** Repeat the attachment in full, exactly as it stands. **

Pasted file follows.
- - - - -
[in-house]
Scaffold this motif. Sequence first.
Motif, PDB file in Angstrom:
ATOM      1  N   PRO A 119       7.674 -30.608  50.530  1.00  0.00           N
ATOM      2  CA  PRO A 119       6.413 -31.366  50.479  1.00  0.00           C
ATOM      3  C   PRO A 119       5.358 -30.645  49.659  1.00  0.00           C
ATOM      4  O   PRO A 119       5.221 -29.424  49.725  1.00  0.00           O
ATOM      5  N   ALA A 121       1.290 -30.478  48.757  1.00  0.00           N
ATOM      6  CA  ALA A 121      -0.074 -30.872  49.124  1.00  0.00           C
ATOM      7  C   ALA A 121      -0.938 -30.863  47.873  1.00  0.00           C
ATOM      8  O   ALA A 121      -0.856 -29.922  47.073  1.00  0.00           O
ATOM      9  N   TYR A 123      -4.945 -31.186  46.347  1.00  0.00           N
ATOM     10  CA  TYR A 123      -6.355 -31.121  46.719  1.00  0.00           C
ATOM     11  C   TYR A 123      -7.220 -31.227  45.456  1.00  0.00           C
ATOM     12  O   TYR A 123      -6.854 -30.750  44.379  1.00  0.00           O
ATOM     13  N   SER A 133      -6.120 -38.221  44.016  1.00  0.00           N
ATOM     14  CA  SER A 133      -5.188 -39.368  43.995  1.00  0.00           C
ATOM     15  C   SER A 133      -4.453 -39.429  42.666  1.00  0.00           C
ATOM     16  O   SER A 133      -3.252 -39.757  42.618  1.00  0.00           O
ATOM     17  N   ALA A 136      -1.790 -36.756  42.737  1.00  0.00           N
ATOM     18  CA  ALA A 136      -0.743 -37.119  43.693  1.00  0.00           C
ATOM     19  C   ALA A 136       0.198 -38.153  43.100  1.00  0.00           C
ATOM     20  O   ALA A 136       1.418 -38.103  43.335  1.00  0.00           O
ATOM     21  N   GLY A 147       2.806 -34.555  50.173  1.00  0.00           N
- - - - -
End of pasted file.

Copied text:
[in-house]
Scaffold this motif. Sequence first.
Motif, PDB file in Angstrom:
ATOM      1  N   PRO A 119       7.674 -30.608  50.530  1.00  0.00           N
ATOM      2  CA  PRO A 119       6.413 -31.366  50.479  1.00  0.00           C
ATOM      3  C   PRO A 119       5.358 -30.645  49.659  1.00  0.00           C
ATOM      4  O   PRO A 119       5.221 -29.424  49.725  1.00  0.00           O
ATOM      5  N   ALA A 121       1.290 -30.478  48.757  1.00  0.00           N
ATOM      6  CA  ALA A 121      -0.074 -30.872  49.124  1.00  0.00           C
ATOM      7  C   ALA A 121      -0.938 -30.863  47.873  1.00  0.00           C
ATOM      8  O   ALA A 121      -0.856 -29.922  47.073  1.00  0.00           O
ATOM      9  N   TYR A 123      -4.945 -31.186  46.347  1.00  0.00           N
ATOM     10  CA  TYR A 123      -6.355 -31.121  46.719  1.00  0.00           C
ATOM     11  C   TYR A 123      -7.220 -31.227  45.456  1.00  0.00           C
ATOM     12  O   TYR A 123      -6.854 -30.750  44.379  1.00  0.00           O
ATOM     13  N   SER A 133      -6.120 -38.221  44.016  1.00  0.00           N
ATOM     14  CA  SER A 133      -5.188 -39.368  43.995  1.00  0.00           C
ATOM     15  C   SER A 133      -4.453 -39.429  42.666  1.00  0.00           C
ATOM     16  O   SER A 133      -3.252 -39.757  42.618  1.00  0.00           O
ATOM     17  N   ALA A 136      -1.790 -36.756  42.737  1.00  0.00           N
ATOM     18  CA  ALA A 136      -0.743 -37.119  43.693  1.00  0.00           C
ATOM     19  C   ALA A 136       0.198 -38.153  43.100  1.00  0.00           C
ATOM     20  O   ALA A 136       1.418 -38.103  43.335  1.00  0.00           O
ATOM     21  N   GLY A 147       2.806 -34.555  50.173  1.00  0.00           N